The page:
Brent: I remember we used to talk about doing mono. In Electric Looking Glass, we discussed doing a mono record; we thought that would be fun, and it would be actually, you know? I would like to do that. But it’s really more just…it’s really not that intentional, funnily enough. You know it, eh…and it’s funny, because people…you know, Electric Looking Glass, people respond to it that way, but it really is, it really is, I think, just so second nature to all of us, it’s so sort of ingrained in us that it’s kind of just what happens. And even with this project, you know, it’s like…to us it’s like…’cause I guess at least with Electric Looking Glass, like, the four of us had to come together and be like, “OK, yeah, we’re looking to do something like this,” and like, “OK, yeah.” And whereas this, there wasn’t that sort…you know, there was really no preconceived notion of what it was. It just kind of comes through because it’s so natural to us, ‘cause that stuff is so, you know…it was so informative for all of us. But that being said, like, it’s really…I personally want to get away from that, because I’m really…I think that was part of the reason for this project, as well. It’s like that is a huge part of…speaking for myself, like, my influence, but it’s not all I like, and there are other things I want to try and do, and sometimes I think with the Electric Looking Glass thing, it felt like, oh, maybe there wasn’t room for it. So, you know, even with this project, the next…we’re almost done the next record, and I feel like the next record’s a lot…there’s a little bit more exploration, in terms of sounds and approach, so. But, yeah, I mean, to answer your question, up until now it…it’s funny, there are no real clear rules; I think it’s just…that sensibility, that sort of Beatle-esque pop stuff was so, uh…came so natural that it wasn’t something we had to say, “Oh, no,” you know, “No references past this!” We didn’t really go too far to, you know, to…it kind of just happened naturally, for whatever reason. And I think it was amplified because the four of us met, and we were all kind of on that same page, so we kind of knew that we could, like, really move in that direction without, you know…and everyone would know exactly…you know, we all understood it. So, I think because of that, it was amplified to some degree. But that being said, it really…even, like, with the fashion, like, we all just dressed like that anyway, you know? We weren’t dressing up, we weren’t…you know, we were just kind of all being ourselves, you know? Which is funny, ‘cause it’s the thing that people always say to us, “Oh it’s so this, and blablabla,” and it’s like, yeah! you know? But it really was a very, you know…it’s not as contrived as it probably appears to some people. [Laughs]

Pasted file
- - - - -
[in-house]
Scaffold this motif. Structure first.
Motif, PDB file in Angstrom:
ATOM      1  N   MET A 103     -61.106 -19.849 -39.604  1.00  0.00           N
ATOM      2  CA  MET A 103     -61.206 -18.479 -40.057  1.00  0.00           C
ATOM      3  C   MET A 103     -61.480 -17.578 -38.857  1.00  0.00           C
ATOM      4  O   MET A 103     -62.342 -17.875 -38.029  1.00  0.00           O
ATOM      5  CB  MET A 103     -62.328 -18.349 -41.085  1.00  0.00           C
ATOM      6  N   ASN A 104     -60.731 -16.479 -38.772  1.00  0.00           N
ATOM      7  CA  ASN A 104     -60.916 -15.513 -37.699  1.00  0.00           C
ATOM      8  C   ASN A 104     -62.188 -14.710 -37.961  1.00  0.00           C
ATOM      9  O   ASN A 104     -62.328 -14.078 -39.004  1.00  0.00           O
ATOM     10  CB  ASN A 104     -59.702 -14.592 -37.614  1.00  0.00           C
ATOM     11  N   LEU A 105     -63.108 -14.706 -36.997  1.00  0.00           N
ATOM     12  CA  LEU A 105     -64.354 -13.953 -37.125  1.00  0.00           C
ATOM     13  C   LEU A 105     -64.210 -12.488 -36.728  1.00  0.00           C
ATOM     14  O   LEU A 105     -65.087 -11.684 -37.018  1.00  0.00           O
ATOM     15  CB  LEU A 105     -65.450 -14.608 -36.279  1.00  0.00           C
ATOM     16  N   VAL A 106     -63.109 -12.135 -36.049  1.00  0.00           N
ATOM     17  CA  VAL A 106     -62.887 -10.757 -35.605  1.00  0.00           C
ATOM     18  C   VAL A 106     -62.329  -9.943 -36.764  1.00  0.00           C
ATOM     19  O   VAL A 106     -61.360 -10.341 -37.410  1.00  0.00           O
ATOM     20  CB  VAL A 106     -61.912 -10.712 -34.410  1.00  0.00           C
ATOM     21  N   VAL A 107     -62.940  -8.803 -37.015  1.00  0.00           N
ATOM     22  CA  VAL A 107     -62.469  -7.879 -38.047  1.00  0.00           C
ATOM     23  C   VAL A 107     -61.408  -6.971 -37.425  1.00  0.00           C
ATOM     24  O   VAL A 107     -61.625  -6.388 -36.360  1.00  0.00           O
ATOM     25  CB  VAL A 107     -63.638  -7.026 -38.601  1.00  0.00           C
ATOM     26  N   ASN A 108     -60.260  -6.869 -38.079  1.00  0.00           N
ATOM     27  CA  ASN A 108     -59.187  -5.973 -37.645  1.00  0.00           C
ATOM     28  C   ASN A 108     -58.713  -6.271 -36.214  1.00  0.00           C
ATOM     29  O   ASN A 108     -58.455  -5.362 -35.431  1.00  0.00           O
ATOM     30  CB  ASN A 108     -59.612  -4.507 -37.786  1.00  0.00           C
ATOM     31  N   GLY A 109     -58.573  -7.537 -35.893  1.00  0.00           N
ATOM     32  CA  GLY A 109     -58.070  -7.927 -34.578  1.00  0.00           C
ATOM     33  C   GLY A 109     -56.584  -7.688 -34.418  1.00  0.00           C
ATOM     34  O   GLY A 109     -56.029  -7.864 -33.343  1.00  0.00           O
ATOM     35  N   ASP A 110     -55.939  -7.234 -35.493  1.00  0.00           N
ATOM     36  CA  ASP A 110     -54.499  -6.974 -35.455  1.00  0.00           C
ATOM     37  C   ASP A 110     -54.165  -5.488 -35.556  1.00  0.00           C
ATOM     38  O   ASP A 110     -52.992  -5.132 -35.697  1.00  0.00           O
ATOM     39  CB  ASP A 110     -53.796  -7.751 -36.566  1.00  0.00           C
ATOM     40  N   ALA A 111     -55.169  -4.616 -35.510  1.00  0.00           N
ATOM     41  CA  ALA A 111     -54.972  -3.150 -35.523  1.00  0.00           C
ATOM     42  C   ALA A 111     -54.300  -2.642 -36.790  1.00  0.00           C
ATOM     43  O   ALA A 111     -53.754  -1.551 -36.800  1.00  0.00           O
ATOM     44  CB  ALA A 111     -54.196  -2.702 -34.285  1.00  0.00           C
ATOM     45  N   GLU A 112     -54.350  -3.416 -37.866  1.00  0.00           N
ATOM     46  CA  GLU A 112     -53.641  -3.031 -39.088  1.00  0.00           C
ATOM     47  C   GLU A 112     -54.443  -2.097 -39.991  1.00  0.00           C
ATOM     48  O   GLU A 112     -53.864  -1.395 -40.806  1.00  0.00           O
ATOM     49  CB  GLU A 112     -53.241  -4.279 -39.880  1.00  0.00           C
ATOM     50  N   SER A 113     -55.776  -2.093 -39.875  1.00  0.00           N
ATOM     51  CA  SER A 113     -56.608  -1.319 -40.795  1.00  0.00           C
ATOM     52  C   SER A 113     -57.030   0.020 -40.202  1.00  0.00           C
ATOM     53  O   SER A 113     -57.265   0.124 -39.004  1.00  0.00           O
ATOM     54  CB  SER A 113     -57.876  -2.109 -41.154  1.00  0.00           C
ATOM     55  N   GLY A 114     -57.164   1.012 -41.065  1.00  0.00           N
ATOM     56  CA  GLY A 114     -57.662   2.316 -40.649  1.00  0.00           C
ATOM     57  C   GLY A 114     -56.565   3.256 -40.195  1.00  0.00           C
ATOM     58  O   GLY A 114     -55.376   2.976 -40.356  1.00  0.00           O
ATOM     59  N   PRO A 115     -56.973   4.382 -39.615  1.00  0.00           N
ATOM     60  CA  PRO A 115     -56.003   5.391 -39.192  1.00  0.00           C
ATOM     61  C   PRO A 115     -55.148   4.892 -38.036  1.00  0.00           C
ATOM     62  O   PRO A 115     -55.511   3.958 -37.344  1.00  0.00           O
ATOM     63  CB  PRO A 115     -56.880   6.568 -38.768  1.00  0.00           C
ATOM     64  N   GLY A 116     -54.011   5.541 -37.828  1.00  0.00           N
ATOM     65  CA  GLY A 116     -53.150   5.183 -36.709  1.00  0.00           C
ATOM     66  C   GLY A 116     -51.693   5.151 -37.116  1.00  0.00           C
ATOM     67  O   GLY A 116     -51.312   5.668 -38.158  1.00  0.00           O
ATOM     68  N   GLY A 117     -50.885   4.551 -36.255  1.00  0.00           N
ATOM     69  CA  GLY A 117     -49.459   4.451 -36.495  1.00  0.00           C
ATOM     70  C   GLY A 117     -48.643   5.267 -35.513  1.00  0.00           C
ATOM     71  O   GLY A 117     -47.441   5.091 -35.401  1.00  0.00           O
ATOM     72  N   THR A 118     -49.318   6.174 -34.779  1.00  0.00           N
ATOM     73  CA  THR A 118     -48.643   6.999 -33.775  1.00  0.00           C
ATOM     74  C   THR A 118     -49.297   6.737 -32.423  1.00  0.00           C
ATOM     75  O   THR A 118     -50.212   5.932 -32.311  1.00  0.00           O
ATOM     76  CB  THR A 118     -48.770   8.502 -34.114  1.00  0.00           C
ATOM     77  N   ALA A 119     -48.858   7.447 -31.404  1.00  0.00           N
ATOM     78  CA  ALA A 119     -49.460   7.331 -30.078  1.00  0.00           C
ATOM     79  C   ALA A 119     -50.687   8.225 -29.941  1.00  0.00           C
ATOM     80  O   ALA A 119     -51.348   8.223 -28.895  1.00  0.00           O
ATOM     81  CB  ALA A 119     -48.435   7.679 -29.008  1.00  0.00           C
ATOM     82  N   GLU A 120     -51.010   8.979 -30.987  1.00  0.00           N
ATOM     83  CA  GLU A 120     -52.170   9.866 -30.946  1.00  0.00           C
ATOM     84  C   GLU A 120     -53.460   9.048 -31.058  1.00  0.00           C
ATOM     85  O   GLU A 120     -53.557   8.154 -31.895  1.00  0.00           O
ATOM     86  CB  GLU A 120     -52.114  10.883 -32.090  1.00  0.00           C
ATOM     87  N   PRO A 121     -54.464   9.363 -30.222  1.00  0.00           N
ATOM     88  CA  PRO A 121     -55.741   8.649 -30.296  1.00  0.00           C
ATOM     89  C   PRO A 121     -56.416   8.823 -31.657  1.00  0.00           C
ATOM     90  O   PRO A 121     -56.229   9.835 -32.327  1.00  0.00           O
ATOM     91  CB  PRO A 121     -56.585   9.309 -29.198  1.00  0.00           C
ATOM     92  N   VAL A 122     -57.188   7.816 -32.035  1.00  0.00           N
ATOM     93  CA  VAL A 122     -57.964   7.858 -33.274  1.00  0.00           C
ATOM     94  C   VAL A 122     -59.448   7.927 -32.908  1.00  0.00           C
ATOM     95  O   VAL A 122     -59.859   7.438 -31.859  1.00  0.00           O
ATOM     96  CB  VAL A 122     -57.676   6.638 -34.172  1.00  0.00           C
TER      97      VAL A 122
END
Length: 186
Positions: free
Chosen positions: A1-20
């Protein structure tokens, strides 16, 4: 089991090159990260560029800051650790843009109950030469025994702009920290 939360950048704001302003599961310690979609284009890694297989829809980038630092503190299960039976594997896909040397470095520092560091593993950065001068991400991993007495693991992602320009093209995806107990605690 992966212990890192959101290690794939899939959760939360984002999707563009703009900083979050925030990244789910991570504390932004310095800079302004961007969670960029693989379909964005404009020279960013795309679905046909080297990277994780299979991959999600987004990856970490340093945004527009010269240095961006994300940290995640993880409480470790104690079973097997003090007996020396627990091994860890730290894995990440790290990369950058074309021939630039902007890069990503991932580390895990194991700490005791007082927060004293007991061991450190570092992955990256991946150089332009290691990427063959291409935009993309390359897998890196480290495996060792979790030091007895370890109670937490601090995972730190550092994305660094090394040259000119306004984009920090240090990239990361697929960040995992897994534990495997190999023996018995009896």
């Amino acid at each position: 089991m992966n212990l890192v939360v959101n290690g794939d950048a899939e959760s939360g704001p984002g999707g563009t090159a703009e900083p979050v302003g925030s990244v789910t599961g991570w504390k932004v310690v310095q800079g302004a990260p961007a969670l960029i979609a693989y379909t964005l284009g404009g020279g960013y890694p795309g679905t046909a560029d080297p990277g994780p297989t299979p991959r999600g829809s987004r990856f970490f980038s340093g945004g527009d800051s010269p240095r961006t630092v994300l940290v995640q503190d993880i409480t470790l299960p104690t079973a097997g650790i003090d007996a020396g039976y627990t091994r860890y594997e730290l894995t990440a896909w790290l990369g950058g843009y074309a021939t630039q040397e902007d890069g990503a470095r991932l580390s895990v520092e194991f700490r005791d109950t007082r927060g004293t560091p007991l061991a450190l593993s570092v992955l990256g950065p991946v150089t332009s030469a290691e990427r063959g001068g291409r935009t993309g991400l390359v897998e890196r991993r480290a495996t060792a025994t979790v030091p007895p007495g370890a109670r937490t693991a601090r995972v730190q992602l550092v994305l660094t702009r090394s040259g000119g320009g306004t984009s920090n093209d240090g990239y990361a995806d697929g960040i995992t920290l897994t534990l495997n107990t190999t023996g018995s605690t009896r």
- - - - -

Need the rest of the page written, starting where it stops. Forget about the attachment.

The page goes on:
Johnny: No, not at all! We just happened to just kind of find each other really, for that project. And it did have its limitations, you know, and we kind of hit a point where we were like, “Well, you know, we could keep doing this and, you know, be like the Ramones of baroque psych-pop but, you know, there’s so much more that we have to offer,” and I always feel that no matter what, it’ll still be us; it’s not like we’re trying to be something else entirely, but we’re showing all of our influences, you know? And I think, no matter what, it would always kind of have this pop aspect to it, ‘cause that’s just in us, that’s just who we are. But even if we get harder, or we get, you know, something a little more glammy or we get, you know, kind of like more looser with everything, then it still will have our thumbprint on it, but it’s not going to be like just one thing, and I think that’s the beauty of it. Um, and actually, a while back, even before Electric Looking Glass, those were the kind of bands I was more a part of. They weren’t so straight forward, it was more eclectic, and just being like, “Well, let’s try this, let’s try that,” and so, I mean that’s where I’ve come from. I mean, even way back, I was more like in punk bands, but those bands also kind of went into like kind of new wave territory and postpunk and kind of like synthwave-type stuff, and so this is kind of more like a continuation of where I was in the beginning, of just everything I like is what I want to do, and we’re just not going to get held back by any expectations, you know, by either ourselves or anybody else, so, in that way, I just…it’s a lot more enjoyable. You know, as much as I enjoyed that other band, it was fun and I love all those people, but, you know, I really want to expand, and this just has that outlet and it’s really been rewarding.